March 19, 2006

Laura's objectives: Psy 3902W

-Understand the structure and flow of APA-style journal articles
For any given article:
-Be able to identify the research question, and operationalization of the research question, for any given article succinctly
-Identify potential threats to validity, potential limits to generalizability

-Write an APA-style research proposal that:
a) identifies gap in existing psychological literature
b) identifies application to a real-world problem
c) clearly states a testable hypothesis
d) develops a research design to test hypothesis that is reasonably free of potential threats to validity
e) describes the research design with enough precision to be replicable
f) identifies the appropriate statistical test
f) uses scientific tone and conforms to APA-style

-Be more questioning and critical when presented with so-called “conclusive� findings/evidence/�proof�

[Note that my syllabus contains an Expectations section which contains more of the softer stuff like being respectful of peers' opinions, giving constructive feedback, etc. I don't include them here under course objectives because I do not believe it is for me to explicitly teach these soft skills].

March 9, 2006

Heather's objectives

The syllabus I inherited for Comp 1011 for NNS contains a laundry list of very specific objectives. If I were to reword them in more general terms, I think they would look something like this.

Students will

- become familiar with the basics of academic writing, such as forming and supporting a thesis and incorporating outside sources

- learn to evaluate, revise, and edit their own writing

- begin to read critically, considering issues such as an author's purpose, credentials, arguments, and evidence

- recognize the importance of treating writing as a process, and become comfortable with the fact that the process is a messy one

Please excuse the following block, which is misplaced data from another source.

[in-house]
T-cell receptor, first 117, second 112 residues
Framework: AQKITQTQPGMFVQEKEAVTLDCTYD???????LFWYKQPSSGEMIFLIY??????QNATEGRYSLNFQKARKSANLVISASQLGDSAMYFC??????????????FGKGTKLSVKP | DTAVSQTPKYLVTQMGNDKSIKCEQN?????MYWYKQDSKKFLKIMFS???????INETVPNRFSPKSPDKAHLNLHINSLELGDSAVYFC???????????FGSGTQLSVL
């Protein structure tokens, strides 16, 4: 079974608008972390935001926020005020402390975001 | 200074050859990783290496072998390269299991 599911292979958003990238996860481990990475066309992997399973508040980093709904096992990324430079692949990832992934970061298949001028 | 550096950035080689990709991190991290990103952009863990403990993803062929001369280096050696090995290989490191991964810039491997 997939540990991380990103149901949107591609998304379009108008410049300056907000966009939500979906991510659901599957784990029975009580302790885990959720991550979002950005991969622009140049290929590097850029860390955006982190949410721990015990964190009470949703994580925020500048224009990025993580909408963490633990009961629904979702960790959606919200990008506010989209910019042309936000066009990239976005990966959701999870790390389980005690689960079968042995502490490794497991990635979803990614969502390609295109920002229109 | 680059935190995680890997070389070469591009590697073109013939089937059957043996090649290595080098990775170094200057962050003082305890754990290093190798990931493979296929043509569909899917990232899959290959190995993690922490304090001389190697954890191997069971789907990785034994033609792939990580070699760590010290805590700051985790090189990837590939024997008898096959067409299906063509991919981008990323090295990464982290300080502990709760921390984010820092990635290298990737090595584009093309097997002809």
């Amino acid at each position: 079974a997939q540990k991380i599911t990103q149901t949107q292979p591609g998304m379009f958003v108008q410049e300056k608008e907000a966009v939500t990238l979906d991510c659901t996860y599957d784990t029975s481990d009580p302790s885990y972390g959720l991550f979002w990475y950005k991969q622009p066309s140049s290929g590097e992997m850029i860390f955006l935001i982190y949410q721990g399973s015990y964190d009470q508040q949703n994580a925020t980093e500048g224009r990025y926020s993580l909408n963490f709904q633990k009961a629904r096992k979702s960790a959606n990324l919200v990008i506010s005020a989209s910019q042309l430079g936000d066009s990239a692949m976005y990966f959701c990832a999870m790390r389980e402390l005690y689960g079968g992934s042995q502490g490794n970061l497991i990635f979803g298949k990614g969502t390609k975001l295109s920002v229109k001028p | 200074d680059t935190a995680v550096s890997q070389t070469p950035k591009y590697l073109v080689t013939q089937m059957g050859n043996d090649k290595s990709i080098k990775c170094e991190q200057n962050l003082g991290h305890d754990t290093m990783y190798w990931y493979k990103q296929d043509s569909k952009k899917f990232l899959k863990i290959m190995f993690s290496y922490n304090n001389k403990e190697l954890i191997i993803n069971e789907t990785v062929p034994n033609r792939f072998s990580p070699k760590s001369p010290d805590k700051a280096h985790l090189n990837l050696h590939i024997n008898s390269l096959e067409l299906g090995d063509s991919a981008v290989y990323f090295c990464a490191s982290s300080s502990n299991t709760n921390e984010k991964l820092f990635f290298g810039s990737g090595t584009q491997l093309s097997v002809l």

- learn to appreciate the value of writing - not just to display their knowledge, but as a tool for learning and for meaningful communication

March 6, 2006

Maru Course Objectives

MarĂ­a Eugenia DomĂ­nguez-Mujica
EngL5630: Theories of writing and Writing Instruction
Mar, 05, 2006

Here are my Course Objectives.
The following Course Objectives are created for Language and Communication, a writing composition class for freshman in the Humanities, in a national university in Venezuela.
Usually in Venezuela the students don’t receive any kind of specific training for writing before starting College; they are expected to learn this by themselves.

University of Los Andes. Venezuela
Language and Communication

In this course students will:

a) Relate their personal communicative competence with concepts of discourse analysis, such as stereotype, register of formality, standard norm, etc.

b) Use references for writing such as dictionaries, thesaurus, handbooks for writers, web sites, etc.

c) Identify and use models for their specific writing interest, especially articles found in peer-reviewed journals

d) Experiment and practice writing keeping in mind concepts such as audience, genre and tone.

e) Prioritize time effectively, taking into account the complexity of each writing assignment.

f) Understand what “objective� (versus subjective) means in academic discourse

g) Understand how orthography, punctuation and other formal aspects of writing serve as both an inclusive as well as an exclusive code in the academic world.

University of MN Composition Goals

In composition courses at the University of Minnesota, you will learn to

Explore diverse contexts and styles of reading and writing
Read and think critically to identify an author’s audience, purpose, argument, and assumptions
Craft a thesis in persuasive and logical ways
Evaluate and present evidence to support your ideas
Describe, analyze, and synthesize ideas among different readings
Explore cultural functions of literacy

Develop a process of writing
Interpret the contexts of your writing, its audiences and purposes
Practice the activities of writing, including generating ideas, organizing arguments, revising, editing, and creating multiple drafts
Identify and practice forms of writing most effective for your ideas and audience(s)
Learn to produce, receive, and integrate constructive feedback in your writing process
Rewrite to achieve clarity and grace of expression

Practice disciplines of research and study